And, as a bonus, the absorbed spell restores to Celes the number of magic points the caster expended on the spell. She will continue to suck spells from the air for as long as she maintains the Runic stance, no matter how many spells are cast. Once her turn comes up again, she’ll lower her posture until you select Runic again. This means that Runic is a rare instance in which Slow status can be a boon: Because Celes remains in her Runic state until her ATB meter refills, if you slow down her charge time she’ll maintain her defensive posture longer.

However, Runic does have some downsides. It only works on “normal” magic — that is, spells the party can learn. Special magic-like attacks, which most enemies favor over straight spells, won’t be affected by Runic. Worse yet, Runic absorbs all spells during that turn, both the enemy’s and the party’s. Forget about casting Cure or Raise while Celes holds her sword high. Sure, you can use this factor in a pinch to restore some MP to Celes without using an Ether or a spell like Rasp, but it greatly limits her efficacy in the latter half of the game, when the entire party has access to all kinds of crazy magic spells and uses them on the regular. Still, Runic does have its uses, and in battles like this it proves invaluable.


However, as I mentioned, Runic alone won’t win this fight. While Celes wields her Runic blade, all her other skills are unavailable, placing both attacking and healing duties on Locke’s shoulders. Tunnel Armor doesn’t strictly use magical attacks, so healing plays a role here; the machine has a Magitek Laser that bypasses Runic, and its physical Drill attack inflicts major damage to a single character. Thankfully, it has fairly low HP, so Locke can beat it down on his own despite his low attack power, but it can be a tough fight — especially if Celes’ Runic falls out of sync with the Tunnel Armor’s spell-casting and it manages to slip in one of those powerful spells during the brief interim between her turns.

This would also be a good time to mention the importance of the evasion stat, which didn’t work correctly in the original Super NES version of FFVI (FFIII) but saved my bacon in this battle on GBA. Locke managed to evade two consecutive attacks in his critical state, giving him enough time to revive Celes and heal up before launching a final salvo of winning attacks against Tunnel Armor. Some armor and Relics and most shields boost a character’s evasion stat; the importance of shields here makes their value far more apparent than in many RPGs, and turns tactics like duel-wielding or two-handed grips into a tradeoff between defense and offense.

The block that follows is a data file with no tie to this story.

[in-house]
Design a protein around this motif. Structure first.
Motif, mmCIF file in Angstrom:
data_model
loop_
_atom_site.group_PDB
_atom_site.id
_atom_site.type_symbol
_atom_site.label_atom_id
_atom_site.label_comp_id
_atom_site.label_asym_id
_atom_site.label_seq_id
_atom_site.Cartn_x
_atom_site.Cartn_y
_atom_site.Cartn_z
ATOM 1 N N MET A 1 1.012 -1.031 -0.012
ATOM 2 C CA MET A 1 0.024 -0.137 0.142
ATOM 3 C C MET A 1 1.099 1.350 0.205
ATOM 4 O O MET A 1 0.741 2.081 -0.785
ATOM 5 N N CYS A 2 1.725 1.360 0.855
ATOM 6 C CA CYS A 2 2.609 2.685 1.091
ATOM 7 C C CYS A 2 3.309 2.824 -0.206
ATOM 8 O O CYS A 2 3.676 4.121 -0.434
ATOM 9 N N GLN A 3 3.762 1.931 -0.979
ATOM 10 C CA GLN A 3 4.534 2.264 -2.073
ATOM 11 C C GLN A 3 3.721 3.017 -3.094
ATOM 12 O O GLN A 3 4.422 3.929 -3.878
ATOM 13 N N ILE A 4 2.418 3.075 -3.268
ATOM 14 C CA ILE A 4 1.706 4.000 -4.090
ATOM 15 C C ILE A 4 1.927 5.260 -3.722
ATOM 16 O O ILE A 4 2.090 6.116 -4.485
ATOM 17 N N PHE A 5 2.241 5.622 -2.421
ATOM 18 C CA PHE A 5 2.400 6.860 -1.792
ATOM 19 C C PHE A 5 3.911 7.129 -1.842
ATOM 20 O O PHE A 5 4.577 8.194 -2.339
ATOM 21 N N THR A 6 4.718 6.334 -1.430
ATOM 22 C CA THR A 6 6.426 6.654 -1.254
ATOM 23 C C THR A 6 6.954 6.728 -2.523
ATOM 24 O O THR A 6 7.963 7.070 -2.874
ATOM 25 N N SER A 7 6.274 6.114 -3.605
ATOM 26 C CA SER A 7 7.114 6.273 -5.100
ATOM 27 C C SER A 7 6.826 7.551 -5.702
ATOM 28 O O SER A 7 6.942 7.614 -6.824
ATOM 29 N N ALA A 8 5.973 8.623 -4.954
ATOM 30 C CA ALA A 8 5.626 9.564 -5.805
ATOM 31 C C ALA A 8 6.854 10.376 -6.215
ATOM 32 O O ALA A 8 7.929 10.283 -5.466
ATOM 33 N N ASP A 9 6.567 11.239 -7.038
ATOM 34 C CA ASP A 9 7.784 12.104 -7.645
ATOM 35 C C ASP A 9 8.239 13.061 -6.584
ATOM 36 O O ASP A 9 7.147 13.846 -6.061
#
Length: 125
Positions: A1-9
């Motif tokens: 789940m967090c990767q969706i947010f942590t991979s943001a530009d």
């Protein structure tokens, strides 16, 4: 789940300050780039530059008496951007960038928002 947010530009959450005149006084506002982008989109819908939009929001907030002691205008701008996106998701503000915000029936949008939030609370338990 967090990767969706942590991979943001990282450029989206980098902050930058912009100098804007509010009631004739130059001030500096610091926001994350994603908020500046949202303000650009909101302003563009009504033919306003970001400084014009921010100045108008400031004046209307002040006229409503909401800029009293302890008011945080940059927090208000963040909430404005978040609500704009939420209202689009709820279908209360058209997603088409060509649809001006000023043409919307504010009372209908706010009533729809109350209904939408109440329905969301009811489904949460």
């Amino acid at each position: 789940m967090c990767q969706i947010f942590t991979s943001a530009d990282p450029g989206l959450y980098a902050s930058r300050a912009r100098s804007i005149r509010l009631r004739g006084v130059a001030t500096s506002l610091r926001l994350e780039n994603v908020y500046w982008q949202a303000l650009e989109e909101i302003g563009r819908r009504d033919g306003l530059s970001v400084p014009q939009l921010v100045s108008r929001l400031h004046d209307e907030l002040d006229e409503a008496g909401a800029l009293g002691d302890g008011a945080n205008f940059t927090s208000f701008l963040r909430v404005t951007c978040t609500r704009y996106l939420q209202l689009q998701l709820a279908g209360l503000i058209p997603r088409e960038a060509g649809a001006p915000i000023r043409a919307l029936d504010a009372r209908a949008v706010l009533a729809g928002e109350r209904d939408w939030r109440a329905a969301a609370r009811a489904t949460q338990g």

With the Tunnel Armor defeated, Locke’s scenario ends — you don’t actually need to travel to Narshe on your own power, because as much as this game likes for you to retrace your footsteps it has to draw the line somewhere.


And for our purposes, that leaves just one final scenario to explore — by far the lengthiest and most involved sequence of the three, spanning far more ground than Terra and Locke’s scenarios combined and introducing two new permanent party members (plus a third semi-permanent member, and a weird guest as well).


It begins, as so many Final Fantasy scenarios do, with Sabin gaining consciousness after having washed ashore. This isn’t an Ys game, so there’s no winsome local lass to find him. Instead, he simply pulls himself to his feet and heads out.